Market looks for rain to replenish soybeans somewhat in August

2012-08-10T11:12:00Z Market looks for rain to replenish soybeans somewhat in AugustBy ANDREA JOHNSON Assistant Editor Farm and Ranch Guide
August 10, 2012 11:12 am  • 

Editor's note: On Aug. 10, 2012, The USDA announced soybean production at 2.69 billion bushels, down 12 percent from last year. Yields are expected to average 36.1 bushels per acre.

The CME Group traded November soybeans at $16.52 per bushel - up 23.5 cents from when this report was written on Aug. 3. Cash soybeans at a local elevator in western Minnesota traded at $16.58 per bushel -- up 22 cents from when this report was written on Aug. 3.

Producers and traders have not totally given up on the U.S. soybean crop yet.

If rainfall returns to the Corn Belt via hurricanes, El Nino rain events or just plain old thundershowers, it’s possible that some of the soybeans could still produce a good crop.

For Aug. 11-17, the Climate Prediction Center forecast below-normal rainfall for most of the Corn Belt. Normal rainfall was forecast for most of Minnesota and North Dakota.

On the CME Group exchange, soybeans on Aug. 3 traded with September at $16.37, November at $16.285, January at $16.24, March at $15.43, May at $14.58, July at $14.46 and August 2013 at $14.195.

“Anytime you see an inverted market, what they are telling us is they want product now,” said Randy Martinson, of Progressive Ag, West Fargo, N.D. “The end users are coming to the futures market and buying or trying to secure product so they can have their needs met.”

Compared with prices on July 19, September was 51 cents lower, November was 20 cents lower, January was 10 cents lower, March was 20 cents higher, May was 12 cents higher, July was 6 cents higher, and August 2013 was 8.5 cents lower.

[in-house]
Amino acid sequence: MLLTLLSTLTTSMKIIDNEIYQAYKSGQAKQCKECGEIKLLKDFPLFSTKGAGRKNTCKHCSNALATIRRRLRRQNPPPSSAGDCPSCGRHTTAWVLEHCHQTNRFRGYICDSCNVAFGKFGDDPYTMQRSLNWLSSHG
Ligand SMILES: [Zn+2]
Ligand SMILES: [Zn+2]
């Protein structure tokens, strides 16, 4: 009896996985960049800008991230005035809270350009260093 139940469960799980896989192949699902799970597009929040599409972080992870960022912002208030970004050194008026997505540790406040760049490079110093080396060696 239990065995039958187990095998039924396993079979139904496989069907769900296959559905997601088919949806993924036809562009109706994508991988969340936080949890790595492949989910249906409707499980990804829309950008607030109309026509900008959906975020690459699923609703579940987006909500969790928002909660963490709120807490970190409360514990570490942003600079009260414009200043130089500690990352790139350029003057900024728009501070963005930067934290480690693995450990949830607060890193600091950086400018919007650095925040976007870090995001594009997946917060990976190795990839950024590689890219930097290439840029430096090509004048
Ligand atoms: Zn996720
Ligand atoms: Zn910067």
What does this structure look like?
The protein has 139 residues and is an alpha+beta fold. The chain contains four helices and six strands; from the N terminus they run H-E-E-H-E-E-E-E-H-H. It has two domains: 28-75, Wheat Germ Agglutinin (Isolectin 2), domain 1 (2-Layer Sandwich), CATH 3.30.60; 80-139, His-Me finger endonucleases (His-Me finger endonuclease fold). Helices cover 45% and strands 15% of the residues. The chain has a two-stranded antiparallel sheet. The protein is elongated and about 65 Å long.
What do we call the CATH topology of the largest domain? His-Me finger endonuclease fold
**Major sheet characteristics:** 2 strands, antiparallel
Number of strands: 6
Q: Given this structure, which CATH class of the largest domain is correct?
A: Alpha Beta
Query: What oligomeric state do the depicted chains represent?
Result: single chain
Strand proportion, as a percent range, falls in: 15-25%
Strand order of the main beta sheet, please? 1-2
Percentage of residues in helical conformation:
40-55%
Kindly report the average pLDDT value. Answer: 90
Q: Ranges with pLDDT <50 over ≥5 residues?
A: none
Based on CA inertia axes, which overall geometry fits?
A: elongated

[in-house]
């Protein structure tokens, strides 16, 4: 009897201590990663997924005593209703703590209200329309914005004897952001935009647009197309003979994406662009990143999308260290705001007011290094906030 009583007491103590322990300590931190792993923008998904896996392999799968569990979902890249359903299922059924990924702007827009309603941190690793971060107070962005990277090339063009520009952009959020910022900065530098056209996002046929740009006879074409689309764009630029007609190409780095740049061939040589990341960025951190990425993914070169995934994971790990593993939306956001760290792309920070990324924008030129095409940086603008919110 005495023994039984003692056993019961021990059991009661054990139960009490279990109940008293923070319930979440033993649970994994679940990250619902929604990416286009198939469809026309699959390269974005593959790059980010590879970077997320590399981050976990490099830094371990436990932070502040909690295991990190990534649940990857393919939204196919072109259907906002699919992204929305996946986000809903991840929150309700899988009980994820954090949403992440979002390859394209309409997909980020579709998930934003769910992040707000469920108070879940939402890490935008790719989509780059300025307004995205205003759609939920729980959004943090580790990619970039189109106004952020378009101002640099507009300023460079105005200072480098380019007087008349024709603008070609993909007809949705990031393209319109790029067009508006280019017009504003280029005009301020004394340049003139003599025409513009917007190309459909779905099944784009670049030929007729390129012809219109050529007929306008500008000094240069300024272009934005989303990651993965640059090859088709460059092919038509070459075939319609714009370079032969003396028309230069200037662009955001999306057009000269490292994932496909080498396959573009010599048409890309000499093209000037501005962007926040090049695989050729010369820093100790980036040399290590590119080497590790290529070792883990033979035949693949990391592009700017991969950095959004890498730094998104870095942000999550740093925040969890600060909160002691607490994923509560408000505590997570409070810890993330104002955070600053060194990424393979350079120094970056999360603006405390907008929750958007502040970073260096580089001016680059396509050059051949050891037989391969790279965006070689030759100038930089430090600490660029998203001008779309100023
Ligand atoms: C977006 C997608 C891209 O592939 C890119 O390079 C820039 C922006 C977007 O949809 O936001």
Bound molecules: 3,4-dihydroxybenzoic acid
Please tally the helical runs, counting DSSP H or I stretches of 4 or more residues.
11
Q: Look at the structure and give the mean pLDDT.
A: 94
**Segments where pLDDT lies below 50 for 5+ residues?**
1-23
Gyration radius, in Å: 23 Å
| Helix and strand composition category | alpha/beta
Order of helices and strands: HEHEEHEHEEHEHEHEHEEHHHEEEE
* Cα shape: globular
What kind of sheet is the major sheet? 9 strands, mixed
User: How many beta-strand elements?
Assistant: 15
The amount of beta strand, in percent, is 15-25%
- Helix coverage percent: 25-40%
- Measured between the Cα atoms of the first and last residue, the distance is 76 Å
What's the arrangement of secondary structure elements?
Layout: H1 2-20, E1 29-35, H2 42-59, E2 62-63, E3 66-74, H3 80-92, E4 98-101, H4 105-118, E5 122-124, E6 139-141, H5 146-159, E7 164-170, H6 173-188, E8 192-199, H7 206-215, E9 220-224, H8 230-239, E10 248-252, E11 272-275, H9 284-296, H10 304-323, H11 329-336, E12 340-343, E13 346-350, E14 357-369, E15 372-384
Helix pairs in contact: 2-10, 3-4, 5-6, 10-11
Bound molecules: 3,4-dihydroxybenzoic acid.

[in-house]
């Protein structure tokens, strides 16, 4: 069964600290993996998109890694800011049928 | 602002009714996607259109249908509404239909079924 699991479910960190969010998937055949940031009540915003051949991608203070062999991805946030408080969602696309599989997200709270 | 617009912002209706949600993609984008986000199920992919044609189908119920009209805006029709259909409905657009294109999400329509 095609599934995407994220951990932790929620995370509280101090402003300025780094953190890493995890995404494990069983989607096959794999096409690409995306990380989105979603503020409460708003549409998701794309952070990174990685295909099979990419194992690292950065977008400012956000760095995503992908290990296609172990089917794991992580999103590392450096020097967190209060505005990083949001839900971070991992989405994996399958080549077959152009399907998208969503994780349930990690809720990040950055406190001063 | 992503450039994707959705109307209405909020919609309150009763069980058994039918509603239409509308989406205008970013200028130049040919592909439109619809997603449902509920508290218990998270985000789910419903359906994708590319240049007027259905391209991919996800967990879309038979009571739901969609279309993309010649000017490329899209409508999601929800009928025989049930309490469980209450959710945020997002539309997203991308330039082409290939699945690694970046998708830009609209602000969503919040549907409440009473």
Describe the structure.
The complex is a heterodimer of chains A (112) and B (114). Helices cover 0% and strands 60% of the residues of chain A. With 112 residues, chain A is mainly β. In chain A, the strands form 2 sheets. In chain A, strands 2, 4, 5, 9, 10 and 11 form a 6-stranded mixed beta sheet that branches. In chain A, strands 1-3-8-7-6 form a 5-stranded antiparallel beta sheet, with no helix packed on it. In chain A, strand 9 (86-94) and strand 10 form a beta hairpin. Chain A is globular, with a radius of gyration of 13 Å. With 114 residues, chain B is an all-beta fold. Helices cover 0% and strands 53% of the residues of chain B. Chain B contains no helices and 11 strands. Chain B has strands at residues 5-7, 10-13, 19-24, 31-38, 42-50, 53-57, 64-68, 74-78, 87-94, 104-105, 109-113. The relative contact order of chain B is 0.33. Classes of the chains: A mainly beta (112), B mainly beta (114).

According to the CME Group website on Aug. 3, “The next two weeks remain very critical for soybean development and warmer and dry conditions continue to stress soybeans across the United States. Traders continue to monitor Tropical Depression 5 in the Atlantic, but the forecasted track pulls the storm west towards Mexico.”

On Aug. 2, the USDA reported weekly soybean export sales of 246,400 metric tons or 9 million bushels. While soybean export sales are ahead of USDA’s expectation for the 2011/12 marketing year, the sales total was still considered low.

“We have a pretty good soybean market all the way out to our January 2013 market, but further out from there, we fall off pretty hard on the anticipation of a South American crop,” said Martinson.

A lot of farmers have sold a portion of their crops, although there is concern about supply totals and how that will affect prices.

“Soybeans are undervalued when compared to corn right now,” he said. “We always talk about the ratio between soybeans and corn – it needs to be 2.3 or 2.4 to 1. Right now it’s about 2 to 1. That tells us soybeans are a little undervalued from where they should be.

“If we see beans go to a 2.3 or 2.4, we would be looking at close to $20 beans.”

Ahead of the Aug. 10 USDA Crop Production report, Informa forecast soybean yields of 37.2 bushels per acre and a total U.S. crop of 2.791 billion bushels.

In July, the USDA had estimated the U.S. soybean crop at 40.5 bushels per acre, or a total crop of 3.05 billion bushels.

“Farm Futures” magazine estimated an average yield of 35.8 bushels per acre or just less than 2.7 billion bushels. INTL FCStone came out with an estimate of 36.2 bushels per acre, or about 2.73 billion bushels.

“If we see any kind of issue with heat coming in and affecting production in soybeans, if conditions continue to decline, we have the potential to see easily $20 in that soybean market,” he said.

At one elevator in west central Minnesota followed in this column, cash soybeans on Aug. 3 were $16.36 with a basis of plus 9 cents. Compared with the bid on July 19, soybeans were 52 cents lower, but the basis had improved by 54 cents. This unusual basis suggests the elevator was calling for soybeans to fill an order or to ship on a unit train.

“It is interesting to see when soybean basis tightens up – you know there isn’t many beans out there and they need to get them,” said Martinson.

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